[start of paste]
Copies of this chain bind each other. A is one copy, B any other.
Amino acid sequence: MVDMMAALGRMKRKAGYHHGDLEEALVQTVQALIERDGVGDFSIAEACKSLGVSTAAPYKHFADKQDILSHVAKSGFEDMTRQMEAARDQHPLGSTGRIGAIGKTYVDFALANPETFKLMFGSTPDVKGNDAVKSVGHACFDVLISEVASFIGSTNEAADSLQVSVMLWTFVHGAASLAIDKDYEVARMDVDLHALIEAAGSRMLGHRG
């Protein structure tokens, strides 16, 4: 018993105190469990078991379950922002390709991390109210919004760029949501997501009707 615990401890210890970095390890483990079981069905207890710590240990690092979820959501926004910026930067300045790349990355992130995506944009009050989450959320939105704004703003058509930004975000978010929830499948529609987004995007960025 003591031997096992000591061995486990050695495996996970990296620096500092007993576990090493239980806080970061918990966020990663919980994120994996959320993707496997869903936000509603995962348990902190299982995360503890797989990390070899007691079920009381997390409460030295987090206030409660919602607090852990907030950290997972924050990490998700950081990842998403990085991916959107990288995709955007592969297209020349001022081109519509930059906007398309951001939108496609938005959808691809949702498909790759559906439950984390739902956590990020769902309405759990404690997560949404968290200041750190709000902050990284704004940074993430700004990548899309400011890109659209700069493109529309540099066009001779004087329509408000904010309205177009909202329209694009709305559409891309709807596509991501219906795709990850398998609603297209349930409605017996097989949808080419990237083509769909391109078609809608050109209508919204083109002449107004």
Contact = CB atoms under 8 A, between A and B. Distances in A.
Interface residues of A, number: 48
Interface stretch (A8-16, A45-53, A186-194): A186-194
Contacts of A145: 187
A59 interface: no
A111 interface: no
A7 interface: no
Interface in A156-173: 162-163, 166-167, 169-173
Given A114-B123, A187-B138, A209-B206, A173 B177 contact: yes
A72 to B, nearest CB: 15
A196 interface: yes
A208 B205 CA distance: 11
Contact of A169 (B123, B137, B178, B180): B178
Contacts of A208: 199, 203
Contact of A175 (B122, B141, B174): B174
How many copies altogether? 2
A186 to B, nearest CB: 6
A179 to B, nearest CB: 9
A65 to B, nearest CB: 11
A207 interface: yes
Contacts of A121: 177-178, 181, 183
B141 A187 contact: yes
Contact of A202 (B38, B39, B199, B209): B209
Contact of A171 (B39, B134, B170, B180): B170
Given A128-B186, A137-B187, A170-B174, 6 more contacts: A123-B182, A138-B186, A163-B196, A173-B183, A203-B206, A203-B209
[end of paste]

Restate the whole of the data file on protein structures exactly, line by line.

Copies of this chain bind each other. A is one copy, B any other.
Amino acid sequence: MVDMMAALGRMKRKAGYHHGDLEEALVQTVQALIERDGVGDFSIAEACKSLGVSTAAPYKHFADKQDILSHVAKSGFEDMTRQMEAARDQHPLGSTGRIGAIGKTYVDFALANPETFKLMFGSTPDVKGNDAVKSVGHACFDVLISEVASFIGSTNEAADSLQVSVMLWTFVHGAASLAIDKDYEVARMDVDLHALIEAAGSRMLGHRG
């Protein structure tokens, strides 16, 4: 018993105190469990078991379950922002390709991390109210919004760029949501997501009707 615990401890210890970095390890483990079981069905207890710590240990690092979820959501926004910026930067300045790349990355992130995506944009009050989450959320939105704004703003058509930004975000978010929830499948529609987004995007960025 003591031997096992000591061995486990050695495996996970990296620096500092007993576990090493239980806080970061918990966020990663919980994120994996959320993707496997869903936000509603995962348990902190299982995360503890797989990390070899007691079920009381997390409460030295987090206030409660919602607090852990907030950290997972924050990490998700950081990842998403990085991916959107990288995709955007592969297209020349001022081109519509930059906007398309951001939108496609938005959808691809949702498909790759559906439950984390739902956590990020769902309405759990404690997560949404968290200041750190709000902050990284704004940074993430700004990548899309400011890109659209700069493109529309540099066009001779004087329509408000904010309205177009909202329209694009709305559409891309709807596509991501219906795709990850398998609603297209349930409605017996097989949808080419990237083509769909391109078609809608050109209508919204083109002449107004």
Contact = CB atoms under 8 A, between A and B. Distances in A.
Interface residues of A, number: 48
Interface stretch (A8-16, A45-53, A186-194): A186-194
Contacts of A145: 187
A59 interface: no
A111 interface: no
A7 interface: no
Interface in A156-173: 162-163, 166-167, 169-173
Given A114-B123, A187-B138, A209-B206, A173 B177 contact: yes
A72 to B, nearest CB: 15
A196 interface: yes
A208 B205 CA distance: 11
Contact of A169 (B123, B137, B178, B180): B178
Contacts of A208: 199, 203
Contact of A175 (B122, B141, B174): B174
How many copies altogether? 2
A186 to B, nearest CB: 6
A179 to B, nearest CB: 9
A65 to B, nearest CB: 11
A207 interface: yes
Contacts of A121: 177-178, 181, 183
B141 A187 contact: yes
Contact of A202 (B38, B39, B199, B209): B209
Contact of A171 (B39, B134, B170, B180): B170
Given A128-B186, A137-B187, A170-B174, 6 more contacts: A123-B182, A138-B186, A163-B196, A173-B183, A203-B206, A203-B209